The site treats Roman Catholicism as a sect. Unfortunately, their stable of RC bloggers seem very comfortable with sect status.

Carol said...

Giving credibility to a smorgasbord of religions, including the worship of demons, by setting up a website among them with my name on it and the Crucifix of Christ...not for a million dollars a year could I do it.

Carol said...

If that were the intentions of Christ, He would have dusted Himself off after the Crucifixion and headed right back into the Jewish Temple to sell His theology and ideas.

He set His One, True, Apostolic Religion and Sacraments apart. That's where It's place is.

Giving the uncatechized the notion that Catholicism is a sect among whatever floats your boat feels to me like casting the pearls into the pigpen.

I don't mean to make a judgment upon anyone at Patheos but standing up and saying Worthy is the Lamb is the right thing to do and it did not deserve the ferocity in that comments section - IMO.

Maria said...

I asked the question: were the Apostles looking for cash in Judea and Samaria. This is what came back:

Kathy Schiffer posted this at Acts of the Apostacy
April 22, 2012 10:08 am

I think all this grousing about whether bloggers are paid is shameful. By the same standard, should one demand that your priest not be paid because he should, like the apostles, spread the gospel for free? How about Catholic school teachers? Pastoral associates? Shouldn’t publishers make Catholic titles available for free? Wait: How about the girl who dispenses ice cream cones at your local Dairy Queen? Shouldn’t she want to make people happy for free?

Maria, let me tell you something: The pay is scant. I work a fulltime job, but I spend a few hours each evening reading, researching and writing. My saintly husband does not complain because I haven’t cleaned the house or fixed a great dinner. But you feel you have the right to demand that I do this for nothing, simply because I am writing about the things of God?

See post # 1 above. See how they love one another.

Carol said...

I saw that.

I'm with you Maria in the belief that once one starts taking money for writing for the Church, a plethora of metamorphosis inevitably follows.

Catholics have to compete with secular press and it takes money and time to do it. There are legitimate ministries that need talented people. These folks have families and should be paid.

However, when this gets used as license to do all kinds of things that are not benefiting the salvation souls and the Church, I'm out.

When is Pentecost?

Come Lord Jesus, come.

Dymphna said...

Maria, Fr. Martin is a homosexual activist? Dear Lord.

Maria said...

Dymphna: He is. A lot of people are enamored of him becuase of his books which are all about laughter and the Saints. He uses these to hoodwink folks. It is an effective ruse. Do you read the blog "In All Things"? If you do, you quickly see his modus operandi. He is a big advocate for the "It Gets Better Project" etc...

David L Alexander said...

Adrienne, thou hast writ:

"They've formed their own little ghetto where they sit around and pat each on the back and declare their brilliance."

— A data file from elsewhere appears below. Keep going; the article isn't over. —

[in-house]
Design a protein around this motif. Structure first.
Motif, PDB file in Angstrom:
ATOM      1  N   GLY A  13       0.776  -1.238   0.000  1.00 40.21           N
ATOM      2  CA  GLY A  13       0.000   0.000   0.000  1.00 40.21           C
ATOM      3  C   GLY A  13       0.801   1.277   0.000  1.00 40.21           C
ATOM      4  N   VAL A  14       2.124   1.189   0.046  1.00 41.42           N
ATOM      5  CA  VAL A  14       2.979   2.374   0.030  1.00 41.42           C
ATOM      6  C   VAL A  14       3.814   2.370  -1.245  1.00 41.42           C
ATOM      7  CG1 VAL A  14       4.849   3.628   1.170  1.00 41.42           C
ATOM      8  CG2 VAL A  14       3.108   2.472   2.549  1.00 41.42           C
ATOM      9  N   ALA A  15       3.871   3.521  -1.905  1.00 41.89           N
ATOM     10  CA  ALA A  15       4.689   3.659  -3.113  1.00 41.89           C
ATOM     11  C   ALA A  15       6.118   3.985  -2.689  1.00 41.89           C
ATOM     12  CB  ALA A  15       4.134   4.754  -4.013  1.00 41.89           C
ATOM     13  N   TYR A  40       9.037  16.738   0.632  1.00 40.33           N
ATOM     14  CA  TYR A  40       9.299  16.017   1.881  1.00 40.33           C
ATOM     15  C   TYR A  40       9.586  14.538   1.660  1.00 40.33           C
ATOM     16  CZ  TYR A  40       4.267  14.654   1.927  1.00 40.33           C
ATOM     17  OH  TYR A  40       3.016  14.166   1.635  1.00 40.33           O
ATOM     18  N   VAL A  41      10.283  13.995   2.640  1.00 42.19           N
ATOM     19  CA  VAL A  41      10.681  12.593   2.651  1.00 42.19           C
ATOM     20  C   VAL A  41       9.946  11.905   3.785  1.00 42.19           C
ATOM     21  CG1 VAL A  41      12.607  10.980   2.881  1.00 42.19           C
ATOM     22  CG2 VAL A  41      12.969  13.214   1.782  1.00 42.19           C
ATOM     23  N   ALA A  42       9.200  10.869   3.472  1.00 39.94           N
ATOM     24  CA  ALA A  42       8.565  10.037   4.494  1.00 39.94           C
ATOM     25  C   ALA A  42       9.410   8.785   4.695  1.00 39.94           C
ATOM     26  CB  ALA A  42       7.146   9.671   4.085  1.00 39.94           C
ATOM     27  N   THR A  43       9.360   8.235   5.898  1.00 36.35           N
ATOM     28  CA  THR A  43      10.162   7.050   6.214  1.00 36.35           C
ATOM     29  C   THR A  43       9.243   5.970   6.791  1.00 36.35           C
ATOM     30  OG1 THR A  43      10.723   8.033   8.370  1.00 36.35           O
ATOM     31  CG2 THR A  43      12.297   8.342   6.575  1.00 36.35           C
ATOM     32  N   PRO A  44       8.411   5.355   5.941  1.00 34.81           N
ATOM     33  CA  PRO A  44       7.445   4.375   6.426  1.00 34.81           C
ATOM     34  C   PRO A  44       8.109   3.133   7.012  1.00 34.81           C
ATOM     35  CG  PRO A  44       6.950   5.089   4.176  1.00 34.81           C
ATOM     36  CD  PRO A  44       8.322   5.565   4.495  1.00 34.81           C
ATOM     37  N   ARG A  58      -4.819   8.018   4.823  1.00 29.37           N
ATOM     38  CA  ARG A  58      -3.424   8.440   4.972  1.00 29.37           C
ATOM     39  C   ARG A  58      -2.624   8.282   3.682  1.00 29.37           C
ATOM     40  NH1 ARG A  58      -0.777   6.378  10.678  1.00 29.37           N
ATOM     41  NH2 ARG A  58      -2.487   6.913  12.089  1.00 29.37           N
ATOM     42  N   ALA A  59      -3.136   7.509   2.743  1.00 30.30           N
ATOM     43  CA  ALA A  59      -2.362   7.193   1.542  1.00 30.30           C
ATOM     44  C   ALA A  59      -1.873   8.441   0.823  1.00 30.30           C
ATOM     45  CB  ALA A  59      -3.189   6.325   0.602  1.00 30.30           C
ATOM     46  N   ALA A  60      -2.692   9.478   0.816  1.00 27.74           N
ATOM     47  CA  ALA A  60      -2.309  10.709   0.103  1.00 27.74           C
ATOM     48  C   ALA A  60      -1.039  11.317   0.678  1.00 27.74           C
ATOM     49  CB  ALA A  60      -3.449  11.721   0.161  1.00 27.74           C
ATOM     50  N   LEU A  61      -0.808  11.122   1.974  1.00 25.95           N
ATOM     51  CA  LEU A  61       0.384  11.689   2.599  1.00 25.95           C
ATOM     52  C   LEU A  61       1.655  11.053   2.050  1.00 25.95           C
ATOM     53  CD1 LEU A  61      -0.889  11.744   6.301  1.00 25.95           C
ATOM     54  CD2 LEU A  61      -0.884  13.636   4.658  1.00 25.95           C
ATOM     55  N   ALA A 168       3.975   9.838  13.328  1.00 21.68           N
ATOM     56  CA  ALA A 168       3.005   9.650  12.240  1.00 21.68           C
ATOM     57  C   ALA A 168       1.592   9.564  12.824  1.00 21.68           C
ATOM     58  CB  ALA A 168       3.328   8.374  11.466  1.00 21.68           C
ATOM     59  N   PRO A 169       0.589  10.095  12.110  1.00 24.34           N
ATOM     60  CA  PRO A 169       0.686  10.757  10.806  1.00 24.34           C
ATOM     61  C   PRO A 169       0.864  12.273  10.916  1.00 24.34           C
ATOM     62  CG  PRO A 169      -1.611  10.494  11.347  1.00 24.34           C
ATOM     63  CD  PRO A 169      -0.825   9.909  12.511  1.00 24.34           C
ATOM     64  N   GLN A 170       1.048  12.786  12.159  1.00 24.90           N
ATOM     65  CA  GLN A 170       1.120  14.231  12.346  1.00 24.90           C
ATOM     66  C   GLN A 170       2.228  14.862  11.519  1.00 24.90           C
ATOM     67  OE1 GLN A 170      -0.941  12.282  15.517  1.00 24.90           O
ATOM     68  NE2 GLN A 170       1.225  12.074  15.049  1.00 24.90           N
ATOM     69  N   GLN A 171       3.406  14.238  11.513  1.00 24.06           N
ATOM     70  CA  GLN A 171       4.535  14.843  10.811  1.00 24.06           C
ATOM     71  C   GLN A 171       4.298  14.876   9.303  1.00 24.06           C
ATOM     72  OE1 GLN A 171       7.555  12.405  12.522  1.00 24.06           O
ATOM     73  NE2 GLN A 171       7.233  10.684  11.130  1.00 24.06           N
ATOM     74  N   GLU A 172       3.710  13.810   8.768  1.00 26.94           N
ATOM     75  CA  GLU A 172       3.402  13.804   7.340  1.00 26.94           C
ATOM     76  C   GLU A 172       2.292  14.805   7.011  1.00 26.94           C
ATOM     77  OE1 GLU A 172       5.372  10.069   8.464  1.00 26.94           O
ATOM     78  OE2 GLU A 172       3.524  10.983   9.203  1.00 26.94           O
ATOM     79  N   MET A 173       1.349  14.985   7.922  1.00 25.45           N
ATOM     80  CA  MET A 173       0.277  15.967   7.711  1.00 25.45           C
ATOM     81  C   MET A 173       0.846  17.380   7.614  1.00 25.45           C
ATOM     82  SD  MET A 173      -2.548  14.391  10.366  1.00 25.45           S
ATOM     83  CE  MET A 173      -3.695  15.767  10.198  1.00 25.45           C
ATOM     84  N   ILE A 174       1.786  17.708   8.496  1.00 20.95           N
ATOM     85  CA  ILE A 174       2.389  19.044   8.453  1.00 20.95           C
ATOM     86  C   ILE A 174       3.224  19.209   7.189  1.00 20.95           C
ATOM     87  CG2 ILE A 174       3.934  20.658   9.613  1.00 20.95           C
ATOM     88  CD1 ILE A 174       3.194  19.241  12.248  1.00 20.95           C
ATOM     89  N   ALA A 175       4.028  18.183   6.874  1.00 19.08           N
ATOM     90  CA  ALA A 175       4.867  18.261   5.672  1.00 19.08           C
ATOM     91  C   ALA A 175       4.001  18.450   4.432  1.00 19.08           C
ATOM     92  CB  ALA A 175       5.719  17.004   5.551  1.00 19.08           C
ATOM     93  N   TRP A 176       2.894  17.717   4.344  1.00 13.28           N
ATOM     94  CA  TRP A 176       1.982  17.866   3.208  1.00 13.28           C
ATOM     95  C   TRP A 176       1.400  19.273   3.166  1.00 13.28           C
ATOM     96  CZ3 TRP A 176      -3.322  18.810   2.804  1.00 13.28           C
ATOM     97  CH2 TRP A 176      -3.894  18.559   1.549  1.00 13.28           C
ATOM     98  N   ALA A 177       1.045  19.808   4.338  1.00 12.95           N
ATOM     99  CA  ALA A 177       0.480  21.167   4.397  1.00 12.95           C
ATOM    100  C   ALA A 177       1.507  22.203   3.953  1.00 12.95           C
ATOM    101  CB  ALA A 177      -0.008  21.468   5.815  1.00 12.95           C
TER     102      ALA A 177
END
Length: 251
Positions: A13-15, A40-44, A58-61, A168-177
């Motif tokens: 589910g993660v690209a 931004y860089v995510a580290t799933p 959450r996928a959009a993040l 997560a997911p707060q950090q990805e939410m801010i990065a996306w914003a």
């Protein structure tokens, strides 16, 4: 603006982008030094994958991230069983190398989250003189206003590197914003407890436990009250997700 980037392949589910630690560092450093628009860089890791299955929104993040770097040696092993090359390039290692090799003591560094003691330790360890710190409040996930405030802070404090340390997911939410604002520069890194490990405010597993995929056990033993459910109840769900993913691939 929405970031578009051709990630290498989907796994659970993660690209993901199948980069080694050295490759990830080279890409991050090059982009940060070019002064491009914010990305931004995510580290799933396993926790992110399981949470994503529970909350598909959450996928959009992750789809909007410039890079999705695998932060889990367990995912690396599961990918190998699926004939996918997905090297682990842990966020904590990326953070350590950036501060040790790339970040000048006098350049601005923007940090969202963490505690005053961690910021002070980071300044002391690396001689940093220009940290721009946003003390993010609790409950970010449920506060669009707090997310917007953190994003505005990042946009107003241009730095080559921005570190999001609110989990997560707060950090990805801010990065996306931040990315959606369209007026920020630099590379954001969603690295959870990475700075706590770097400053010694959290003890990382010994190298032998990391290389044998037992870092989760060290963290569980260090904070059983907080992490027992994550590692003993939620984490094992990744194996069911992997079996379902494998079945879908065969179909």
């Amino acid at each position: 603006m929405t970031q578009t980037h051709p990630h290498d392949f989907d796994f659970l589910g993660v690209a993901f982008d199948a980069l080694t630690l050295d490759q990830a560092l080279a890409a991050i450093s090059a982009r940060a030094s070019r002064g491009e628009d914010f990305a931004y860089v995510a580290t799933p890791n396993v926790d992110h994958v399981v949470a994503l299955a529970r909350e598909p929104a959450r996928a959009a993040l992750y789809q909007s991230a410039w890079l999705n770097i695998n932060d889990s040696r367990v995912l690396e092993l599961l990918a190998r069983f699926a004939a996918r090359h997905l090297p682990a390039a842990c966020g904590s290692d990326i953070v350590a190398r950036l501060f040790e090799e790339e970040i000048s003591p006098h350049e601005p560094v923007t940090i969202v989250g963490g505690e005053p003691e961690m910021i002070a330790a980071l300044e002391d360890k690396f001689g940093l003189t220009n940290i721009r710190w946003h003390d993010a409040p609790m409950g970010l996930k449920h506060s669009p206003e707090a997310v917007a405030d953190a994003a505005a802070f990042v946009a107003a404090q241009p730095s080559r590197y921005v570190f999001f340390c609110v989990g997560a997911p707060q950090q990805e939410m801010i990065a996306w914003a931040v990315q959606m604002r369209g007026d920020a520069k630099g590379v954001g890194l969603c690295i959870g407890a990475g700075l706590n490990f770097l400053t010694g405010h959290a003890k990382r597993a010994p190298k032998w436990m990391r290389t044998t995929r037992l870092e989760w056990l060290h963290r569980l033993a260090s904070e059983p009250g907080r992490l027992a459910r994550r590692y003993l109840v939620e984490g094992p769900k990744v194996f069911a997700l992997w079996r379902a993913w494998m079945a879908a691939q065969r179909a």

This was a challenge to Catholic blogging long before Patheos came to the neighborhood. The early "famous" bloggers were already established in the conventional Catholic media -- periodicals, books, and so on -- and so already had name recognition. That began to change when guys like the Archbold brothers (CMR) came on the scene, with no such prior exposure, and little going for them other than very good writing. Periodicals such as National Catholic Register, which had previously treated blogs as an afterthought, began treating them as a medium in its own right, and bringing these new voices on board.

There's nothing wrong in being the best, or winning awards from your peers or your readership. But a clever title doesn't make you a good writer, so much as a claimant to a marketing gimmick. People shouldn't have to be a slave to a set of blog sites just because every print article on "Catholic blogging" mentions them. We should have learned a lesson from "The Cafeteria Is Closed." We haven't. So find the voice that speaks Truth, and don't be afraid to let the world in on your secret.

Eventually, gimmicks lose their shelf life, and the cream rises to the top.

Carol said...

I don't know how I missed all the commotion on The Cafeteria is Closed. In a nutshell, what happened?

Catholic blogosphere has certainly been an odyssey. I'm not sure what the lesson is except if you build it, the devil will come. There are many temptations. Most are aimed towards the ego. Sometimes the wallet. Sometimes both. For every gimmick that loses its life, a new one gives birth. People learn. God is served. Allelluia.

Dymphna said...

The Cafeteria is Closed thing is still a mystery to me. Was the guy who wrote it ever legit or was he having us all on all along?

Carol said...

At the end, it sure had the appearance that the whole thing was a charade all along but I was not in the weeds with the details when it got ugly.

Some claimed he was forced to abandon Truth and adopt the family baggage and skeletons in his new wife's closet.

Say all you want about orgies and tattoos... until it turns out your inlaws run a brothel and a tatoo parlor. LOL.